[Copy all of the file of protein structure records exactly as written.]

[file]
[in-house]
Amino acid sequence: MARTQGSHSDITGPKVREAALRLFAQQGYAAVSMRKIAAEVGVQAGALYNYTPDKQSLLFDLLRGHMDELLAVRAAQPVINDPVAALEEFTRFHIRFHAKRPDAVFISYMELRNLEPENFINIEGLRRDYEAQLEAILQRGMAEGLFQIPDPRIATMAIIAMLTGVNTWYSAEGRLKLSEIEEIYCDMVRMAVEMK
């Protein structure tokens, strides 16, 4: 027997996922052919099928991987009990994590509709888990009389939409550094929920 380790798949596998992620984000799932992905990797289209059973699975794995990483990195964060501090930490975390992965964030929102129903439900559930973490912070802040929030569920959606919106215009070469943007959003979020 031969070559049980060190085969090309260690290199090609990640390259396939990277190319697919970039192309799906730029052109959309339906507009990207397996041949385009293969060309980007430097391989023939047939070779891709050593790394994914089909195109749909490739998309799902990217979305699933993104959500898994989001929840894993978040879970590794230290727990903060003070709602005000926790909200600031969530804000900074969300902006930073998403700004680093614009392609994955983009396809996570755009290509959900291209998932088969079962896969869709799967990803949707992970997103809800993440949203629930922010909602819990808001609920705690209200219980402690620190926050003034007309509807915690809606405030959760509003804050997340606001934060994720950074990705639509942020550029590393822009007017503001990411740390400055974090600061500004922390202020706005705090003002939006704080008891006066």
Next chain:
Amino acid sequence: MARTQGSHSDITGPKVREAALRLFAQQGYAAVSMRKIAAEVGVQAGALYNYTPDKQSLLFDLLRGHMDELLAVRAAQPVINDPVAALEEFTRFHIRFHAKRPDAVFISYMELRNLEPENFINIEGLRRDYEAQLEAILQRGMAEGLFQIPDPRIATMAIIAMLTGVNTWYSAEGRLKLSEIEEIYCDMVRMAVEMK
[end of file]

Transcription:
[in-house]
Amino acid sequence: MARTQGSHSDITGPKVREAALRLFAQQGYAAVSMRKIAAEVGVQAGALYNYTPDKQSLLFDLLRGHMDELLAVRAAQPVINDPVAALEEFTRFHIRFHAKRPDAVFISYMELRNLEPENFINIEGLRRDYEAQLEAILQRGMAEGLFQIPDPRIATMAIIAMLTGVNTWYSAEGRLKLSEIEEIYCDMVRMAVEMK
């Protein structure tokens, strides 16, 4: 027997996922052919099928991987009990994590509709888990009389939409550094929920 380790798949596998992620984000799932992905990797289209059973699975794995990483990195964060501090930490975390992965964030929102129903439900559930973490912070802040929030569920959606919106215009070469943007959003979020 031969070559049980060190085969090309260690290199090609990640390259396939990277190319697919970039192309799906730029052109959309339906507009990207397996041949385009293969060309980007430097391989023939047939070779891709050593790394994914089909195109749909490739998309799902990217979305699933993104959500898994989001929840894993978040879970590794230290727990903060003070709602005000926790909200600031969530804000900074969300902006930073998403700004680093614009392609994955983009396809996570755009290509959900291209998932088969079962896969869709799967990803949707992970997103809800993440949203629930922010909602819990808001609920705690209200219980402690620190926050003034007309509807915690809606405030959760509003804050997340606001934060994720950074990705639509942020550029590393822009007017503001990411740390400055974090600061500004922390202020706005705090003002939006704080008891006066």
Next chain:
Amino acid sequence: MARTQGSHSDITGPKVREAALRLFAQQGYAAVSMRKIAAEVGVQAGALYNYTPDKQSLLFDLLRGHMDELLAVRAAQPVINDPVAALEEFTRFHIRFHAKRPDAVFISYMELRNLEPENFINIEGLRRDYEAQLEAILQRGMAEGLFQIPDPRIATMAIIAMLTGVNTWYSAEGRLKLSEIEEIYCDMVRMAVEMK